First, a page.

6. Peri-incisional infection;
  7. Body mass index exceeded the 99th percentile for age;
  8. Children who cannot use patient-controlled intravenous analgesia(PCIA) device;
  9. Children who cannot understand an instruction of pain scales before surgery.

Information from the National Library of Medicine

To learn more about this study, you or your doctor may contact the study research staff using the contact information provided by the sponsor.

Please refer to this study by its ClinicalTrials.gov identifier (NCT number): NCT03636165


Contacts
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Contact: Fang Luo, MD +86 13611326978 13611326978@163.com
Contact: Hao Ren, MD +86 18710229893 renh2014@126.com

Sponsors and Collaborators
Beijing Tiantan Hospital
Investigators
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Principal Investigator: Fang Luo Beijing Tiantan Hospital

Publications automatically indexed to this study by ClinicalTrials.gov Identifier (NCT Number):
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Responsible Party: Fang Luo, Director of Department of Pain Management, Beijing Tiantan Hospital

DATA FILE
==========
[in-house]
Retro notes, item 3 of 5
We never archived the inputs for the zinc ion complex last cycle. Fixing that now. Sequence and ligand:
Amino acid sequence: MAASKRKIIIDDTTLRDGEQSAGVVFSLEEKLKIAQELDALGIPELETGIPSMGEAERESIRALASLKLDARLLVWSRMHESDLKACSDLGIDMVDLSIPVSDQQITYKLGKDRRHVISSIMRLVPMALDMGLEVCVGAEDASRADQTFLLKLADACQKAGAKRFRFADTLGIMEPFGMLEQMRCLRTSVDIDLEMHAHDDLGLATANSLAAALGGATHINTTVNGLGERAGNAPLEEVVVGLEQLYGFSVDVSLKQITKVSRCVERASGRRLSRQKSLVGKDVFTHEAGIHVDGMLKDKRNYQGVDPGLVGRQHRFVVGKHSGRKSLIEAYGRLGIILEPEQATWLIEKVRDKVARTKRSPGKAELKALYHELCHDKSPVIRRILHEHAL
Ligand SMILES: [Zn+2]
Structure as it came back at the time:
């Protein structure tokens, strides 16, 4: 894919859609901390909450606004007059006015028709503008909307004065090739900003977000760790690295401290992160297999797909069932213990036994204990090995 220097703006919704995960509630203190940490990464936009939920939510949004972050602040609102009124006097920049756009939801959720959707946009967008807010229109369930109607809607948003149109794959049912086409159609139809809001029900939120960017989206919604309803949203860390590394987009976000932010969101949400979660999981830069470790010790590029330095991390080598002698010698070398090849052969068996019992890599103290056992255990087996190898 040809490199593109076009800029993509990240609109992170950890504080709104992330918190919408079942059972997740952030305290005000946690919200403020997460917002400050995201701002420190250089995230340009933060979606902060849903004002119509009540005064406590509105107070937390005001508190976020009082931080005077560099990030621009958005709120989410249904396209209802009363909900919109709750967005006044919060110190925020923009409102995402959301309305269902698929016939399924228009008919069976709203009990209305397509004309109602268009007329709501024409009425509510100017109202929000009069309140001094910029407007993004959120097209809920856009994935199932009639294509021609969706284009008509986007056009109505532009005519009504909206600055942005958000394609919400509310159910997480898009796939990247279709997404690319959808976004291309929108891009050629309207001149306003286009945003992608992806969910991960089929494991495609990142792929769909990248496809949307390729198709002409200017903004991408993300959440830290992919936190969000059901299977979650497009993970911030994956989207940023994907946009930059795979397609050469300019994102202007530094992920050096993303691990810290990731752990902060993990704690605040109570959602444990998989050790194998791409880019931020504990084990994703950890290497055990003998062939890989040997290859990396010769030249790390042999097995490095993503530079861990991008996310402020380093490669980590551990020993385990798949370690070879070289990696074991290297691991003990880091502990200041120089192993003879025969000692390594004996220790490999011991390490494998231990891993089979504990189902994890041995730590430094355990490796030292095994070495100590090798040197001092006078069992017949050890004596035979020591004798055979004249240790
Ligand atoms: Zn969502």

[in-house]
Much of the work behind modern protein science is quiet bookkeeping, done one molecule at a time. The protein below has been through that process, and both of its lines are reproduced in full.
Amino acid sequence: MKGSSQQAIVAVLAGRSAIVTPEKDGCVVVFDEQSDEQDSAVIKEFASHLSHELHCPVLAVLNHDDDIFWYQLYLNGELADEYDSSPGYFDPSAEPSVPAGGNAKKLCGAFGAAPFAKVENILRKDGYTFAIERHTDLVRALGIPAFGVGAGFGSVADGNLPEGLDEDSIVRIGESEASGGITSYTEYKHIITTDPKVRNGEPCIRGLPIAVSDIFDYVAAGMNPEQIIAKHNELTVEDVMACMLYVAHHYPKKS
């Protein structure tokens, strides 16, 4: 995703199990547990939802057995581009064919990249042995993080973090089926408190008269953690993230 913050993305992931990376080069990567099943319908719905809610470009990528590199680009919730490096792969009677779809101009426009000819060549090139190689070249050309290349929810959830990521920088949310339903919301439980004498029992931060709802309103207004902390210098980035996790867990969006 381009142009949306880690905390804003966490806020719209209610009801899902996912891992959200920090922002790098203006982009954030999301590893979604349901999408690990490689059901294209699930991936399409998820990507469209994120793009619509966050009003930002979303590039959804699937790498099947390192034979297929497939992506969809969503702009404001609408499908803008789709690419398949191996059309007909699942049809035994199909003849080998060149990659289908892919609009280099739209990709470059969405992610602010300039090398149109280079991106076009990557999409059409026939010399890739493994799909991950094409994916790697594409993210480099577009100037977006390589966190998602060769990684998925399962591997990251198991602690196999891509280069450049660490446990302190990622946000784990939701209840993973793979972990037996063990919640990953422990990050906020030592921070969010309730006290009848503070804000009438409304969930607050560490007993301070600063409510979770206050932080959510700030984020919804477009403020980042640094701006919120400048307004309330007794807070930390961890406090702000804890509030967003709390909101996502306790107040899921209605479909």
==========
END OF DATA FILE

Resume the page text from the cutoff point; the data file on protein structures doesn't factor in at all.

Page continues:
ClinicalTrials.gov Identifier: NCT03636165    
Other Study ID Numbers: KY 2018-066-02-1
First Posted: August 17, 2018    Key Record Dates
Last Update Posted: July 10, 2019
Last Verified: July 2019
Individual Participant Data (IPD) Sharing Statement:
Plan to Share IPD: Undecided

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Studies a U.S. FDA-regulated Drug Product: No
Studies a U.S. FDA-regulated Device Product: No
Keywords provided by Fang Luo, Beijing Tiantan Hospital:
Postoperative Pain
Post-Craniotomy Headache
Methylprednisolone
Ropivacaine
Pre-emptive Scalp Infiltration
Child
Additional relevant MeSH terms:
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Headache
Pain, Postoperative
Pain
Neurologic Manifestations
Signs and Symptoms
Postoperative Complications
Pathologic Processes
Methylprednisolone
Methylprednisolone Acetate
Methylprednisolone Hemisuccinate
Prednisolone
Prednisolone acetate
Ropivacaine
Pharmaceutical Solutions
Prednisolone hemisuccinate
Prednisolone phosphate
Anesthetics, Local
Anesthetics
Central Nervous System Depressants
Physiological Effects of Drugs
Sensory System Agents
Peripheral Nervous System Agents
Anti-Inflammatory Agents
Antiemetics
Autonomic Agents
Gastrointestinal Agents
Glucocorticoids
Hormones
Hormones, Hormone Substitutes, and Hormone Antagonists
Neuroprotective Agents